THE WHITE HOUSE
Office of the Press Secretary
Banning the Importation of Modified Assault Weapons April 6, 1998
Announcement: Today, in response to a previously issued memorandum, the President announced that the Treasury Department has concluded that more than 50 kinds of modified assault weapons are generally not importable because they accept large capacity military magazines. Up to 1.5 million rifles whose importation had been temporarily suspended may be affected by this decision.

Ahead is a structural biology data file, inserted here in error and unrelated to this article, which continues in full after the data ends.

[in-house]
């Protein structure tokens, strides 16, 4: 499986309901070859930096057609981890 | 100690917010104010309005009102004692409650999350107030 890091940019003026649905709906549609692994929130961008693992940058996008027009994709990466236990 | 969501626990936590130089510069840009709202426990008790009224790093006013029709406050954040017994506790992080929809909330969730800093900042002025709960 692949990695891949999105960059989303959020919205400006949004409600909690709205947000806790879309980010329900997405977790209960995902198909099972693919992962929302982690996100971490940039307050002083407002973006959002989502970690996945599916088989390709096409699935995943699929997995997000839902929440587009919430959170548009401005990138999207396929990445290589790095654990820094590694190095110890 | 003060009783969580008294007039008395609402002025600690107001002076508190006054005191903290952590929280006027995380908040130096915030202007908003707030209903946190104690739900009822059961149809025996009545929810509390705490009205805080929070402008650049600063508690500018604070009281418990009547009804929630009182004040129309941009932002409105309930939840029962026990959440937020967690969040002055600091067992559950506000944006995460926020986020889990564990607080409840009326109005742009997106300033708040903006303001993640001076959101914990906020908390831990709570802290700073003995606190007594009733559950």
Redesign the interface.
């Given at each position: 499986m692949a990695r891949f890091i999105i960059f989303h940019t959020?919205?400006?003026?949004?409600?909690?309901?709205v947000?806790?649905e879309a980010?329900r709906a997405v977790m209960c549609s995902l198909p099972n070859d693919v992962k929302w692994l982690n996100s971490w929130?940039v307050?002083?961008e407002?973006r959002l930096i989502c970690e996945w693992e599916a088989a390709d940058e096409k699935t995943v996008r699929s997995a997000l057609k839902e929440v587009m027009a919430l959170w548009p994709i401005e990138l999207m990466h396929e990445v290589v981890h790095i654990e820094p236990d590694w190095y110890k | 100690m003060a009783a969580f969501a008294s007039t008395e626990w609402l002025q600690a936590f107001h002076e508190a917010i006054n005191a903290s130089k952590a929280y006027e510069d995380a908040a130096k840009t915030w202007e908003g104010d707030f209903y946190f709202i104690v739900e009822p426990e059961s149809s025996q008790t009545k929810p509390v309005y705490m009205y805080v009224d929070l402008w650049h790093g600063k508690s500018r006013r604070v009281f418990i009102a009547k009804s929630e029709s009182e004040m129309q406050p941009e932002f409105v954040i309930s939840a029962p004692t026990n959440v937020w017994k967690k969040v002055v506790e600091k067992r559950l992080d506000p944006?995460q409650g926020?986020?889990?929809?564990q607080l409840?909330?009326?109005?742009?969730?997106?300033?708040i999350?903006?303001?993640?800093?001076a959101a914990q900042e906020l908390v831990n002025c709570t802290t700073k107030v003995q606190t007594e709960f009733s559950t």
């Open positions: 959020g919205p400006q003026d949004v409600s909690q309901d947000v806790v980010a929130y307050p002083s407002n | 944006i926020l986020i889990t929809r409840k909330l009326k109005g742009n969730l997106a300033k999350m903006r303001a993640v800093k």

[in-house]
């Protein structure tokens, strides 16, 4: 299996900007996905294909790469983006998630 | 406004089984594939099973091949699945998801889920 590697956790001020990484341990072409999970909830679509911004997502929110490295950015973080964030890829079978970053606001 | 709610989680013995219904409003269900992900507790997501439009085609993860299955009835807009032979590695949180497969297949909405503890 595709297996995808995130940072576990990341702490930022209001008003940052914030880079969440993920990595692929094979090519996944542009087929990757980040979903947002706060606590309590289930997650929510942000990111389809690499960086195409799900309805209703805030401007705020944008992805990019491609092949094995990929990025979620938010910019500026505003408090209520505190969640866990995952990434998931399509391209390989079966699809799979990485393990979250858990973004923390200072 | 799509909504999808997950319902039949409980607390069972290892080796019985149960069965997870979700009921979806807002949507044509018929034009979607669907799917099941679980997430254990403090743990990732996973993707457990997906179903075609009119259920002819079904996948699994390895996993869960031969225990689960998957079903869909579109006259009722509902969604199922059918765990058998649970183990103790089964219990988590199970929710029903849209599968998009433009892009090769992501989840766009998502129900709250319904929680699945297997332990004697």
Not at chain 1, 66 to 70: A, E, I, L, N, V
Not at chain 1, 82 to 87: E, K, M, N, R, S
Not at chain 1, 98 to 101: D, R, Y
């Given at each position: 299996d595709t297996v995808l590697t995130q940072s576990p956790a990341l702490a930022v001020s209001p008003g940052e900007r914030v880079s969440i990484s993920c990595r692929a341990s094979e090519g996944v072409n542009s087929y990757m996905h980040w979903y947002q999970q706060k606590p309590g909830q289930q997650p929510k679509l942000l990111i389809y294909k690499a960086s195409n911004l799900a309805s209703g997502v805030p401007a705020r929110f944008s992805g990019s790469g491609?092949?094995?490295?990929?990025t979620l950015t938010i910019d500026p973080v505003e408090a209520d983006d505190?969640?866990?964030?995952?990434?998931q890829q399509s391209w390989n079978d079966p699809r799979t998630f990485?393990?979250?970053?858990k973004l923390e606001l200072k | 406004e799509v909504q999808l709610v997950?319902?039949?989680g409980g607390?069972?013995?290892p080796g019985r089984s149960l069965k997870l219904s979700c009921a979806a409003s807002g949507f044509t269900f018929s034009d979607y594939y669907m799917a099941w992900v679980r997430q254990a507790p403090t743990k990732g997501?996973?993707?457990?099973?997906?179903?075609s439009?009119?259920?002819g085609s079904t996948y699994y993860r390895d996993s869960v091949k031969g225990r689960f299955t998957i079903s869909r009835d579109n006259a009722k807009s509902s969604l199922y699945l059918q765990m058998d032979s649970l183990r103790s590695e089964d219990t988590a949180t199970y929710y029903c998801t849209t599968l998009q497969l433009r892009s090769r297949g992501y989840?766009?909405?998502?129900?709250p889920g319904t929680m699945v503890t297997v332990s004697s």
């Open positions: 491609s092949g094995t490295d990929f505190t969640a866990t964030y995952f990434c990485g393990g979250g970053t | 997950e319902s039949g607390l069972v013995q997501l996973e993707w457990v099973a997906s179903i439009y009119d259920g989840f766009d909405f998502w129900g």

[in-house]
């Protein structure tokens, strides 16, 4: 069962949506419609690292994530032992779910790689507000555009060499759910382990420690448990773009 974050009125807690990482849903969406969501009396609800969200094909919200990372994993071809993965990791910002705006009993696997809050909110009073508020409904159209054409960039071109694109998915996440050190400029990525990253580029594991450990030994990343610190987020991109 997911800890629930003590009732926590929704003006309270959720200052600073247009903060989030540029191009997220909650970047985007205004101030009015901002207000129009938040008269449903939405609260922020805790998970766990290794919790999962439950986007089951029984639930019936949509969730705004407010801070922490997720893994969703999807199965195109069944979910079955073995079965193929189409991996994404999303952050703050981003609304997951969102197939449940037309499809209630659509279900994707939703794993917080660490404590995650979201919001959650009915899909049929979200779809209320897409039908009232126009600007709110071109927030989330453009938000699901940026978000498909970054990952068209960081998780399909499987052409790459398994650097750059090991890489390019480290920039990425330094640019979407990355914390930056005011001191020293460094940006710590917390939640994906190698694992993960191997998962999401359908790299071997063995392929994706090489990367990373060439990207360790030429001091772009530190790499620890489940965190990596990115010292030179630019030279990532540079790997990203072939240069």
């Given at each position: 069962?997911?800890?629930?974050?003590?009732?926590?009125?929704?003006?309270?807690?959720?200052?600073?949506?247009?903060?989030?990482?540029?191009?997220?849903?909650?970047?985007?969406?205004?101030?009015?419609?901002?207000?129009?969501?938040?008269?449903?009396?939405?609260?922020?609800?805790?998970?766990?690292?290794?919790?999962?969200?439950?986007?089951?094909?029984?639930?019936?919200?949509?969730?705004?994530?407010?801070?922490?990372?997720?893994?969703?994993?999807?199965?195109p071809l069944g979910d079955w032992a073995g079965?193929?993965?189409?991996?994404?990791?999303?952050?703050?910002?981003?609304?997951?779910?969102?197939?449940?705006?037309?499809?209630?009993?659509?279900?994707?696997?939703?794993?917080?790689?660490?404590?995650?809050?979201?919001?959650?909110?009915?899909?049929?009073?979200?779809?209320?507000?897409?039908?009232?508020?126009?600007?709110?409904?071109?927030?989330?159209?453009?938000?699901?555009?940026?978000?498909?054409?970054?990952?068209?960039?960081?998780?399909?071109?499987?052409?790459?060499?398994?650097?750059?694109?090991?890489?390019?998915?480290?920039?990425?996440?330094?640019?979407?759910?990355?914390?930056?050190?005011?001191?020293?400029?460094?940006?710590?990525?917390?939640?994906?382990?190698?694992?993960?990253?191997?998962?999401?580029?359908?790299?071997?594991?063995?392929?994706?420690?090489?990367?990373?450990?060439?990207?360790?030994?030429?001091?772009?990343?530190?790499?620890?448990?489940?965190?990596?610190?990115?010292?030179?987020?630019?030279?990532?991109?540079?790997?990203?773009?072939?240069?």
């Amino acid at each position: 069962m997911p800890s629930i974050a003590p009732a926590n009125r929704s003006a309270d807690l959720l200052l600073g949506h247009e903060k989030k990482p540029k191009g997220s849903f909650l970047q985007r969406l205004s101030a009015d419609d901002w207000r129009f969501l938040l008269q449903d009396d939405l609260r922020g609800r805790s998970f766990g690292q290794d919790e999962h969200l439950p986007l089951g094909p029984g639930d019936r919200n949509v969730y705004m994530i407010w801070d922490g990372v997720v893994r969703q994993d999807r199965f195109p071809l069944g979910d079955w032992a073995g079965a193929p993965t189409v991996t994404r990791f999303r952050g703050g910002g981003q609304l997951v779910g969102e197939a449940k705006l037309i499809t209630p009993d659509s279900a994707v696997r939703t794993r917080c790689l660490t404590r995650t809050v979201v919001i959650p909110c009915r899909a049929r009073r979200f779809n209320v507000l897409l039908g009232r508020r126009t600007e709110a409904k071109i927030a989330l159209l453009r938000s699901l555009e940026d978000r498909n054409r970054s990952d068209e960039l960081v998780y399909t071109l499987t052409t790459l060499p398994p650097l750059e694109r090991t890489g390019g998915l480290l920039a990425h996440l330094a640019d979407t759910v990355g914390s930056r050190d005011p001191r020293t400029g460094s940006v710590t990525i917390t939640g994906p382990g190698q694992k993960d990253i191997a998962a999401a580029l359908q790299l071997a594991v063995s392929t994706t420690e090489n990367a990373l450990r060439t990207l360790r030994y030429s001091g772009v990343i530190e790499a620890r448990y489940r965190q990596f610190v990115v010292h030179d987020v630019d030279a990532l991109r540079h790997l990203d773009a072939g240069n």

On November 15, 1997, in his radio address to the nation, President Clinton announced that the Treasury Department would temporarily suspend the importation of certain modified assault weapons to review whether these weapons should be allowed to enter the country. Today, the Secretary of the Treasury informed the President that most of the weapons studied should be generally banned from importation. Under current law (the 1968 Gun Control Act), the Treasury Department has the obligation to restrict the importation of firearms unless they are determined to be "particularly suitable for or readily adaptable to sporting purposes." After taking several months to review the weapons in question, the Treasury Department has concluded that modified semiautomatic assault rifles that accept large capacity military magazines --or LCMM rifles --do not meet the sporting purposes test and are generally not importable. Since passage of the 1968 Gun Control Act, Administrations of both parties have repeatedly invoked this authority to ensure that only legitimate sporting weapons are brought into the country. In 1968, the Act was used to ban the importation of Saturday Night Specials and other small and inexpensive handguns; in 1984 and 1986, it was used to ban the importation of the Striker-12 and USAS-12 riot control shotguns; in 1989, it was used to ban the importation of 43 semiautomatic assault rifles; and in 1993, its authority was invoked to propose a ban on the importation of certain assault pistols, though the Assault Weapons Ban of 1994 made this executive action unnecessary. The more than 50 models of firearms affected by today's decision are modified versions of military assault weapons that were banned by the Bush Administration in 1989, or by the Assault Weapons Ban of 1994. Most of these models are based on the AK 47 assault rifle, but some are variants of the Uzi, FN-FAL, HK 91 and 93, and SIG SG550. Up to 1.5 million firearms whose importation had been suspended during the review may be affected by this decision. Importers will be notified in writing and given an opportunity to respond.